The STREAM TONE by T. Gilling The Shallows by Nicholas Carr Here Comes Everybody by Clay Shirky How to Build a Computer by John Gower III Trust Me. HERE COMES EVERYBODY. THE POWER OF ORGANIZING. WITHOUT ORGANIZATIONS. CLAY SHIRKY. ALLEN LANE an imprint of. PENGUIN BOOKS . On reading Here Comes Everybody by Clay Shirky and We-Think by Charles Leadbeater, Stuart Jeffries hopes that reports of the journalist’s.
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Another aspect of bere communication that was explored was the collapse between amateur and professional in several areas of life. About Here Comes Everybody An extraordinary exploration of how technology can empower social and political organizers For the first time in history, the tools for cooperating on a global scale are not solely in the hands of governments or institutions.
Shirky was awesome to follow, years ago. It talks about how groups form, and the way that people have to interact differently thanks to the invention of social media. He has consulted with a variety of Dlay companies working on network design, including Nokia, Lego, the… More about Clay Shirky.
Here Comes Everybody – Wikipedia
Want to Read Currently Reading Read. I and 35, other paid journalists in the UK plus lots more worldwide face the knacker’s yard. Mar 29, Jami Kumar rated it really liked it.
The author addresses the way social media sites give people the tools to act, but emphasizes its the design of the tool, along with other sometimes unforeseen circumstances, that allow people to mobilize and create an impact. Did you know that they ‘lock’ contentious topics until people’s temper tantrums have quietened down? But this only makes sense when it costs something to put your product out there.
For the most part, he sticks with the tech-utopian populist vision of a wo A book that describes the exciting new text-messaging service called Twitter can only be described as quaint, but I see how it would have been revolutionary at the time of publication.
Each chapter of the book covers a different way online communities have grown and changed our understanding of how things today are different because of the networks at our fingertips. Shirky graduated from Yale College with a degree in art, and prior to falling in love with the internet, he worked as a theater director and designer in New York. Perhaps this is what created my dislike of this book. The Power of Organizing without Organization published April 03, In many books and in most of the big papers.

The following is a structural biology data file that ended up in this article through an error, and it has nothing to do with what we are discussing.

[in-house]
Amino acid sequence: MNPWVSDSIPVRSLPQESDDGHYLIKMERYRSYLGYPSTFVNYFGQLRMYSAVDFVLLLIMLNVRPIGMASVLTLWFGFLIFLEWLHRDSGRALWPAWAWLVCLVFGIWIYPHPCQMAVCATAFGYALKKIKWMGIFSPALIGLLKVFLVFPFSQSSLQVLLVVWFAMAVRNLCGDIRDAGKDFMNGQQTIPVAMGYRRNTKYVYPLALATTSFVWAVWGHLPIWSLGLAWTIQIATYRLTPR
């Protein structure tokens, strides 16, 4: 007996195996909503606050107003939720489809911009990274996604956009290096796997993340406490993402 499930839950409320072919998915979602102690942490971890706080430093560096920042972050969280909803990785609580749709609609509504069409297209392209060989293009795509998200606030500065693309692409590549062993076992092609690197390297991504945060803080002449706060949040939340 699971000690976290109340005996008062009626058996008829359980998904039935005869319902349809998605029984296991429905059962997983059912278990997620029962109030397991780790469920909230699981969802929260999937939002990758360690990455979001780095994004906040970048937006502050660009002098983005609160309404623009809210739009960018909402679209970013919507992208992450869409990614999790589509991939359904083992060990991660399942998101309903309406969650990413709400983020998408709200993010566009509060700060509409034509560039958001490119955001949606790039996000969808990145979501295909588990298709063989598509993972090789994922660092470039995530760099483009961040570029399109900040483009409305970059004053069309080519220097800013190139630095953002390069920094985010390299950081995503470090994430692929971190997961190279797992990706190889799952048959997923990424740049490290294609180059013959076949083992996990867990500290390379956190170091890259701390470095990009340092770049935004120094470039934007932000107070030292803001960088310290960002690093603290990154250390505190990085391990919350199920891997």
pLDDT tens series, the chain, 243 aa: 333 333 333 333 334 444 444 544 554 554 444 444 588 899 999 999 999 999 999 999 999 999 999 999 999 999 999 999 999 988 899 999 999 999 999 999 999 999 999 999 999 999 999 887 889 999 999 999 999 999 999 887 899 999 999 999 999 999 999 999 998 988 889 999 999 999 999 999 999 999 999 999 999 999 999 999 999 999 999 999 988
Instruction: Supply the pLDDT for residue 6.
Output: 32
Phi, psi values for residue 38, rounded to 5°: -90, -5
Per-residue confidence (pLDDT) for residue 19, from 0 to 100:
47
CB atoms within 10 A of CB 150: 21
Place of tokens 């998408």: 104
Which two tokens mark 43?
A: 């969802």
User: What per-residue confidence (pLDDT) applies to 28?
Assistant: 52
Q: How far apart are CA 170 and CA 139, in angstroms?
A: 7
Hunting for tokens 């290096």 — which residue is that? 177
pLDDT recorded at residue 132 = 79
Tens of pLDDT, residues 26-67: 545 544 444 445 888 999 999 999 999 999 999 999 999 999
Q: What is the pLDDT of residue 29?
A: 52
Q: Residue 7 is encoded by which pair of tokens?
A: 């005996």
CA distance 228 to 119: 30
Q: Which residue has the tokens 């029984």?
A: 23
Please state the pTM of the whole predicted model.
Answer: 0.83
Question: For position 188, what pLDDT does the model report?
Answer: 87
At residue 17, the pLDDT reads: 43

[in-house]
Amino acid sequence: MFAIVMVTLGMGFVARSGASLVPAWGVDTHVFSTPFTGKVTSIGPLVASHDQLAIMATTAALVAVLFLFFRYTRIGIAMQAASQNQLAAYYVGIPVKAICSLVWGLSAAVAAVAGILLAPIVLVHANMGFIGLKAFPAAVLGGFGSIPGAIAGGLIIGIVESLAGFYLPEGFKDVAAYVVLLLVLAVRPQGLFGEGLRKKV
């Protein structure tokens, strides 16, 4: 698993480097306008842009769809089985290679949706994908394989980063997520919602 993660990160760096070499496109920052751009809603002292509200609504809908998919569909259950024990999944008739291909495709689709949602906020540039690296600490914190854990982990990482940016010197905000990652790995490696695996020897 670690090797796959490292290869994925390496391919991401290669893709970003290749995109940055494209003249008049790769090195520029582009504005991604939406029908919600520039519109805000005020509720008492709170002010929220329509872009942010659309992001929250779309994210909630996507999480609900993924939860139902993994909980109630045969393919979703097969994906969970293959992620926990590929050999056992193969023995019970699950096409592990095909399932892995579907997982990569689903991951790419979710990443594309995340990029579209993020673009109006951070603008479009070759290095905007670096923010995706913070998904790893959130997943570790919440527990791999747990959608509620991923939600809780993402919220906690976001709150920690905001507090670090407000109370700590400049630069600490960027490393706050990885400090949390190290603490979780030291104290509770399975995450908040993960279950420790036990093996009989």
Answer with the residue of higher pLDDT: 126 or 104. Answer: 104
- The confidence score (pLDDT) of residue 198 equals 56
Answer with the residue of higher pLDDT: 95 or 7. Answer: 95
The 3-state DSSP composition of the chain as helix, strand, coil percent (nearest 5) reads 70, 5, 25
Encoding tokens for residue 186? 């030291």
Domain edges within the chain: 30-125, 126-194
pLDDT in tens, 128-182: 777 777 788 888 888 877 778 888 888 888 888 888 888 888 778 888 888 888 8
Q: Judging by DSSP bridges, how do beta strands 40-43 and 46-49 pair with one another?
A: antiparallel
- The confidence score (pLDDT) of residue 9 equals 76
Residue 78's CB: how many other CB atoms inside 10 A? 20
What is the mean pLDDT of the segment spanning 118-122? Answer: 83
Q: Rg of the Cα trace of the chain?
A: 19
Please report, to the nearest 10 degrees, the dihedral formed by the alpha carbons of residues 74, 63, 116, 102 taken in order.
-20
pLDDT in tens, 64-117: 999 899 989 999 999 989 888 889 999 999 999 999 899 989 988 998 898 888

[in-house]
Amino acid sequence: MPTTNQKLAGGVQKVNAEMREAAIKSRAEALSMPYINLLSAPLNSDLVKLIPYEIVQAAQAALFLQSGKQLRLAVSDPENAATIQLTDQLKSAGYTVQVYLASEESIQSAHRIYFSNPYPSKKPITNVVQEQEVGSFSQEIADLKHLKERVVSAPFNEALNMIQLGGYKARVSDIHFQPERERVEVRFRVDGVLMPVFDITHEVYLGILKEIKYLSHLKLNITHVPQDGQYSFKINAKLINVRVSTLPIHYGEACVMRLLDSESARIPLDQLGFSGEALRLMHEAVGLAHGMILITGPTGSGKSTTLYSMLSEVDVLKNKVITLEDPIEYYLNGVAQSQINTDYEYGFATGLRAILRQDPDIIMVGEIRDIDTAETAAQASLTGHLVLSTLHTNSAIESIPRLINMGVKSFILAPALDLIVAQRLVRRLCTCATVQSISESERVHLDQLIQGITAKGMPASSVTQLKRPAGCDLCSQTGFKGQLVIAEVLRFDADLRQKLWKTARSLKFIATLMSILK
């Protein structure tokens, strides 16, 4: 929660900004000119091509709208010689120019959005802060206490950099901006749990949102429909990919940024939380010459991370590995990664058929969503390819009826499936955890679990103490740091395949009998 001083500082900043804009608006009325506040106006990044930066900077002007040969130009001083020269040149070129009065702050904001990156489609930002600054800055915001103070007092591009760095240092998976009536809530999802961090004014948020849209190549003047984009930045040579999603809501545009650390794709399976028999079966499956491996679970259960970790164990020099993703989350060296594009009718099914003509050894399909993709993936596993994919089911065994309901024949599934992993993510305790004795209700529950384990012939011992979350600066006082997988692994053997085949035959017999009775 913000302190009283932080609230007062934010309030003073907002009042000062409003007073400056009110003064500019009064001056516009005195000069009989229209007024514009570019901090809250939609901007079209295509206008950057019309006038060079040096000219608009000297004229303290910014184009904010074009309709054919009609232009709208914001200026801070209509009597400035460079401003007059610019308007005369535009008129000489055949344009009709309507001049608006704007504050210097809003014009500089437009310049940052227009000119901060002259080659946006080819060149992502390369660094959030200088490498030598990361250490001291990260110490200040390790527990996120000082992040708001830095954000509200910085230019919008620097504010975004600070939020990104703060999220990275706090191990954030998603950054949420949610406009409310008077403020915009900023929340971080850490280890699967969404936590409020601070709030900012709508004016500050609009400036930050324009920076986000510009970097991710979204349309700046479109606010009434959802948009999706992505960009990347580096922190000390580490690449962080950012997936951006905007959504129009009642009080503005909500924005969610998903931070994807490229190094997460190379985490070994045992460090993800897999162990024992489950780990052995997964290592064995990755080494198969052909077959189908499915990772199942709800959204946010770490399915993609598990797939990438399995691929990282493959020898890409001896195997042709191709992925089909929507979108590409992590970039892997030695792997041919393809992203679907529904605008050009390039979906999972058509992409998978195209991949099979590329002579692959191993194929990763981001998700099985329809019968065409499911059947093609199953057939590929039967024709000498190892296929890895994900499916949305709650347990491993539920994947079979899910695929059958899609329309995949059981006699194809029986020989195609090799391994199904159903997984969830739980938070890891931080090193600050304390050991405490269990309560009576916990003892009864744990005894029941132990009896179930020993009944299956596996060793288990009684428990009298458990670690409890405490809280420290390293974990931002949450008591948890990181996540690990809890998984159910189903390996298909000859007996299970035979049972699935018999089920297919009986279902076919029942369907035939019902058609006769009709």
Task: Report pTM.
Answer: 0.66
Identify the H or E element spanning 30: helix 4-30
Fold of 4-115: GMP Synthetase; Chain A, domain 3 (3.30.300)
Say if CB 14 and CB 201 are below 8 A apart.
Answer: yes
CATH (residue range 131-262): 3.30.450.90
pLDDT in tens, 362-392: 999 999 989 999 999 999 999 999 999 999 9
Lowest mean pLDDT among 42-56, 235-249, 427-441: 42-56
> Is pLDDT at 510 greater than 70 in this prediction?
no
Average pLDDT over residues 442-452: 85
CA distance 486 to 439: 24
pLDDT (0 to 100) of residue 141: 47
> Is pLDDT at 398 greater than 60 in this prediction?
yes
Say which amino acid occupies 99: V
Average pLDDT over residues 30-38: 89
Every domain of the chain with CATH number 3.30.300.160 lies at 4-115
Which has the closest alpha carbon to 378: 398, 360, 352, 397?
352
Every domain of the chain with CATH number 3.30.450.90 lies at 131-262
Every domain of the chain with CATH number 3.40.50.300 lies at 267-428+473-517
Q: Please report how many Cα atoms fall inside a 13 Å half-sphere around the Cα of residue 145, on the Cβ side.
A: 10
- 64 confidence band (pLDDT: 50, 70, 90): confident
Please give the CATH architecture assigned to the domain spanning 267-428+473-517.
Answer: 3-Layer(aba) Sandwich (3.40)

And if it is not desirable, will the outcome be a more informed news audience that places different more socially responsible demands on the professional media? This book’s all about the rise of social tools think twitter, facebook, meetup, etc and how the lowered costs of social interactions have changed group dynamics.
Open Preview See a Problem? The second chapter, on Cosean economics, is particularly well-argued, and I’ll be assigning it to students next semester. If anyone can be a publisher, then anyone can be a journalist. I don’t think we’ve figured it out yet. Please try again later. Worse yet, both authors have produced books that are hardly exemplars of the mass collaboration they affect to champion. As a result, the Internet is filled with a few great things, and near-endless crap. There are a few interesting anecdotes, about the founding of Wikipedia for example, but again, nothing that could not have been contained in a feature essay in a good magazine.
This means that someone will just put down a sentence or two – merely to indicate that the topic needs covering. He suggests that our control over technological adoption is limited—comparing the progress of the information age to steering a kayak. That means, they must promise users something for their efforts that seems both engaging enough and realistic enough to inspire their participation. It’s a serious lack in the book that this doesn’t come up.
Here Comes Everybody: The Power of Organizing Without Organizations
At least Leadbeater has the wit to qualify his byline, adding “And other people”. Reprinted from my website: A revelatory examination of how the spread of new forms of social interaction enabled by technology is changing the way humans form groups and exict within them.
Coomes 26, Jamie rated it it was amazing Shelves: Occasionally, however, there is a dark note, and a fear that things will go wrong. He shows how more people with amateur capabilities can cause entire professions to have to adjust as is happening with journalism now. Shirky discusses the delicate balance of sharing among communities; how it brings people together and how too much or too little can doom a network.